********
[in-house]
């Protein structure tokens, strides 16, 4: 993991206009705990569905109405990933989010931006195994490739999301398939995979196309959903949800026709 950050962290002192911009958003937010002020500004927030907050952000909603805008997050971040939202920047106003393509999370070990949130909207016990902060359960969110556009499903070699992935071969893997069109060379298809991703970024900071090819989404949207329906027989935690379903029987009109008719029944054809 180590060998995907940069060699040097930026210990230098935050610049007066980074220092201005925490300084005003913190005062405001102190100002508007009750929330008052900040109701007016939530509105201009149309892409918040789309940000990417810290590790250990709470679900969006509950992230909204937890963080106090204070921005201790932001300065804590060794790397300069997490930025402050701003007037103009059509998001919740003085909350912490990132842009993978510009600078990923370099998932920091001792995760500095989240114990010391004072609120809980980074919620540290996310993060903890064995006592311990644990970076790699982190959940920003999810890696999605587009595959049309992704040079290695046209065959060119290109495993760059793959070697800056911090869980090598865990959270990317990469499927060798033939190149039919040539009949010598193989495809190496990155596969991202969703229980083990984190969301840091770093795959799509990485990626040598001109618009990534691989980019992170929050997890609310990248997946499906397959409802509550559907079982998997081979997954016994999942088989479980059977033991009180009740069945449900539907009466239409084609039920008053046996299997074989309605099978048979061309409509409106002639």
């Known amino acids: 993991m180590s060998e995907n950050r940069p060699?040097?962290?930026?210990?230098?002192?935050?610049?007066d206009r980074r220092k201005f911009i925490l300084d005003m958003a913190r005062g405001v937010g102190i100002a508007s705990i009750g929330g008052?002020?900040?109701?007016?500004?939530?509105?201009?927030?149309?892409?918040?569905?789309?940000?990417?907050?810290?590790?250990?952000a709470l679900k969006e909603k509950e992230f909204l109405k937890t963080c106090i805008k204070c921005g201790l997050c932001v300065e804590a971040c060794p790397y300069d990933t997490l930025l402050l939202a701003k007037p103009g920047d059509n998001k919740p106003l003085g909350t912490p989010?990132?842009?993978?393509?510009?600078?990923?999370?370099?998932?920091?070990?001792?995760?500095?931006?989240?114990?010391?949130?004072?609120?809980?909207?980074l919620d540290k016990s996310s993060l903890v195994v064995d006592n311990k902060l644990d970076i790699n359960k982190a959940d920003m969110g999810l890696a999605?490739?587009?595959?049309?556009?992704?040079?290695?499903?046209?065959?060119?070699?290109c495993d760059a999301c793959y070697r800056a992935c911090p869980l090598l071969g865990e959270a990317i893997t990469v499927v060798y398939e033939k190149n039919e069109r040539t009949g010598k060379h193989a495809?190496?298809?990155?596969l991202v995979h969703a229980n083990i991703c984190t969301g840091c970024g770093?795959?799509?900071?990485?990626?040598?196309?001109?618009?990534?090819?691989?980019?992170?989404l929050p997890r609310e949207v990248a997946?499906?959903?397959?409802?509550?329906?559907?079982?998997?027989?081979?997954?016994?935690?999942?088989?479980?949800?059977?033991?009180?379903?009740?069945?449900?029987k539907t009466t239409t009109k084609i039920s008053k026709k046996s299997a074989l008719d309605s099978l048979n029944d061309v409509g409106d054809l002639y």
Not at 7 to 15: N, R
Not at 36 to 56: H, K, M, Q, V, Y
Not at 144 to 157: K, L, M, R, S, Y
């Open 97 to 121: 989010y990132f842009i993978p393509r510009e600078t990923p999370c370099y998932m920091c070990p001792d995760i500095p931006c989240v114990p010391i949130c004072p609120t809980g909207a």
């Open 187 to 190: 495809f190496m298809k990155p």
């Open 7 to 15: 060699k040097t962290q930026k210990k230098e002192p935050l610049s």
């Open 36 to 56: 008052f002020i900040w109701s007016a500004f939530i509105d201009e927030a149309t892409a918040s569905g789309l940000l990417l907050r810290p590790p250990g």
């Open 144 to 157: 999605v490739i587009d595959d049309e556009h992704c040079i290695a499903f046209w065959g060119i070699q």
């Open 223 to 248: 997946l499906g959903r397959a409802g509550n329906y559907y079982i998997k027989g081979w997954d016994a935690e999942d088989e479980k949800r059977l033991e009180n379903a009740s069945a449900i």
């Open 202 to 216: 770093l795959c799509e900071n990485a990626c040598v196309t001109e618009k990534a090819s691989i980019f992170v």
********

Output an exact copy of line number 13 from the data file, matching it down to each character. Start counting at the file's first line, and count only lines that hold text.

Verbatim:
């Open 202 to 216: 770093l795959c799509e900071n990485a990626c040598v196309t001109e618009k990534a090819s691989i980019f992170v």